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How Big Wave Champion Greg Long Cheated Death and Found His Way Back to the Top :
My Way

How Big Wave Champion Greg Long Cheated Death and Found His Way Back to the Top

My Way My Way

Some things you can’t explain, such as the fact that an activity like big-wave surfing is what brings happiness or meaning to your life.

When I was 15 years old, my sister was dating a guy from San Clemente by the name of Jon Walla, the best underground big-wave charger in Southern California. I convinced him to take me down to Todos Santos—a legendary break off Ensenada—for the first time. There I encountered the biggest wave I’d ever seen, and it changed everything for me.

What it demands of you to actually ride one of those waves—the thrill and sense of accomplishment—was far beyond anything I’d experienced before. It’s the greatest physical and mental challenge in the sport of surfing.

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After winning the high school national championship, I became a big-wave free surfer. Ocean Pacific gave me a travel budget to chase swells to different corners of the globe. When I was 19 I won Dungeons, a big-wave competition in South Africa. That got me an invitation to the Mavericks surf contest. In between competitions I tried to find the biggest and best waves possible—North Shore, north Pacific or down in the southern hemisphere—and create a story around them that my sponsors could use to help build their brand.

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For 10 years, surfing big waves was all I thought about, and I was prepared to accept the consequences. Then the worst-case scenario happened.

It was at Cortes Banks in 2012, on a very large day. I was trying to paddle it instead of getting towed in, and I had a wipeout that was too much to handle. The wind was knocked out of me before I was able to get a breath, and I was held down a really long time. Two more waves passed over my head, and then I lost consciousness. I was floating facedown in the water when my safety team located me.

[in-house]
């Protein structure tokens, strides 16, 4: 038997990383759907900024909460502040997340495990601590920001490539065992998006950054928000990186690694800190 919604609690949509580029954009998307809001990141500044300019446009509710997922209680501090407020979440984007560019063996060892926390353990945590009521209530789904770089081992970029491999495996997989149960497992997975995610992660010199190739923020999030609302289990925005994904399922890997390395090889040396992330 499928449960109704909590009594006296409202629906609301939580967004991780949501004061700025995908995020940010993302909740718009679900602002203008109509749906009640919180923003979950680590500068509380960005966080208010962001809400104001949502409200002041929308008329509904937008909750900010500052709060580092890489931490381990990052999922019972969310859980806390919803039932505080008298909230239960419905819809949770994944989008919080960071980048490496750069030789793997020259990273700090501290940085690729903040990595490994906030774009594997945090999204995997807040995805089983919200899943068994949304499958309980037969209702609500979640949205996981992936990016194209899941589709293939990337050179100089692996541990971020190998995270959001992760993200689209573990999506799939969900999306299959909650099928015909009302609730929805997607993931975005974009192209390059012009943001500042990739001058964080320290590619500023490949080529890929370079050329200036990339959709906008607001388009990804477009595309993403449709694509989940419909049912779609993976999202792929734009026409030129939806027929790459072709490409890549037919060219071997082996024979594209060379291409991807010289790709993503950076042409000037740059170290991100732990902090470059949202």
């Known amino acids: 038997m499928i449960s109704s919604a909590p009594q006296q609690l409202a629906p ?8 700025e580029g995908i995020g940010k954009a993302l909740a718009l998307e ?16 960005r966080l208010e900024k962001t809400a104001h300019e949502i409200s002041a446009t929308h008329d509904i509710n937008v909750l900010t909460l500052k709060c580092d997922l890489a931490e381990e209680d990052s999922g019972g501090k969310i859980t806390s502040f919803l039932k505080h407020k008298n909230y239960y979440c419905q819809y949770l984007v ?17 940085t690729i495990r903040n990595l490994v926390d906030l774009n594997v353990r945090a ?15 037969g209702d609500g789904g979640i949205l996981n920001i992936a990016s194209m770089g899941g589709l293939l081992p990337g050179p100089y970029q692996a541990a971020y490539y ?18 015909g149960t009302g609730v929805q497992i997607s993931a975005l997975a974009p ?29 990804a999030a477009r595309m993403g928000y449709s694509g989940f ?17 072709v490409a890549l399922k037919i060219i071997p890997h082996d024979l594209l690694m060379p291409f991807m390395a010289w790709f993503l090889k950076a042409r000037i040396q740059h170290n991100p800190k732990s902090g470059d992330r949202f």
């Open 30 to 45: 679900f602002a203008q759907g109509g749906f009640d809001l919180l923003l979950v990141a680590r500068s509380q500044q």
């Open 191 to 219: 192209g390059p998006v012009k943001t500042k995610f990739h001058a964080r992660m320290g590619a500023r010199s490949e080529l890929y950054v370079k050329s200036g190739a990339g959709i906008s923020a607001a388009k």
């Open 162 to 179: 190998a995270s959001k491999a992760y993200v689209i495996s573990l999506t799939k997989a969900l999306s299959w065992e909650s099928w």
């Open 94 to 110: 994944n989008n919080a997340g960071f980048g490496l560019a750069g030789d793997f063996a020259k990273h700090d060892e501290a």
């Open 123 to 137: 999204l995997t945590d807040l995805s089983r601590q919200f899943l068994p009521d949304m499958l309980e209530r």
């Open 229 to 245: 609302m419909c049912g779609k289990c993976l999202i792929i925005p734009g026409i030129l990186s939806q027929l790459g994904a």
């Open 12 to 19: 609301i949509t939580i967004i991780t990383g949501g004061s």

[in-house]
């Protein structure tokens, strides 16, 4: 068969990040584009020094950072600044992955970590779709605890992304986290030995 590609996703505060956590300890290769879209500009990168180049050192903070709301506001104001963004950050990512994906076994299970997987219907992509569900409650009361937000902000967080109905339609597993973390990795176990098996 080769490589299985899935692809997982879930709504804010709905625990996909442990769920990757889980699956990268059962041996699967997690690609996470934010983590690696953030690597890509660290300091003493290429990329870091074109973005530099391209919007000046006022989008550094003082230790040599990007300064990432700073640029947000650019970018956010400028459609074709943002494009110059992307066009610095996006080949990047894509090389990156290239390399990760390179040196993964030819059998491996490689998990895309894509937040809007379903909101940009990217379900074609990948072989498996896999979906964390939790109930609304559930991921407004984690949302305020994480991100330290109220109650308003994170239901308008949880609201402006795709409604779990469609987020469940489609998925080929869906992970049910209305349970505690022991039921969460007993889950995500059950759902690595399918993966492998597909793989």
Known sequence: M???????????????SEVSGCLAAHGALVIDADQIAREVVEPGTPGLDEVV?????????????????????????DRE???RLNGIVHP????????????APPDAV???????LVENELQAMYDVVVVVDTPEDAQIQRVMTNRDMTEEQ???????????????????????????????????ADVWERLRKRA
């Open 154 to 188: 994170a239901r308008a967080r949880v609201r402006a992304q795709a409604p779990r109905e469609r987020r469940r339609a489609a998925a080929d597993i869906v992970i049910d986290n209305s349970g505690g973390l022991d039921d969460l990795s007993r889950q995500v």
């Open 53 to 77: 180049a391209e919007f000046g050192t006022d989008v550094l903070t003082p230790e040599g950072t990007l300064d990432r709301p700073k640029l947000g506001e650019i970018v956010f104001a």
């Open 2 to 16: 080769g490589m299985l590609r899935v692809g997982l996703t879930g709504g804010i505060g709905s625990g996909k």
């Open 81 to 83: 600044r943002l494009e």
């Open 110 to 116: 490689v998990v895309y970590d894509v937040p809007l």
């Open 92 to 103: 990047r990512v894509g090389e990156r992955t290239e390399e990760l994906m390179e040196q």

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In the aftermath, I realized I wasn’t taking time to appreciate the beauty of where I was in the world. My friendships and relationships at home weren’t what I wanted them to be either, and it was because I put all my time toward training or preparing for the next big swell.

When you break it down, the ocean is a beautiful and simple metaphor for life. It’s constantly in flux. The tide goes in, the tide goes out. The seas get stormy. Some days the waves are perfect. Other days the water is flat. In the end, no matter what the conditions, you have to be able to relax and move with the current. If you fight and struggle, you’re only doing yourself harm. That’s exactly what life is like on land. It’s a never-ending sequence of radical events. Sometimes things go in your favor, and other times you get knocked on your ass. People can ruffle your feathers or make life easy and bring you joy. You’re going to experience all of the above. If you learn to take everything in stride and look for the lessons in each event in order to become a better person and carry yourself with grace and love, that’s what it’s all about.

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Now I have more fun. I travel less and put a lot less pressure on myself when I surf, and consequently I’m getting some of the best waves of my life. I surfed only two of the three big-wave competitions this past year but still managed to win the world title. It was a matter of finding that balance, and I look at it as probably the best year of my life—both in and especially out of the water.

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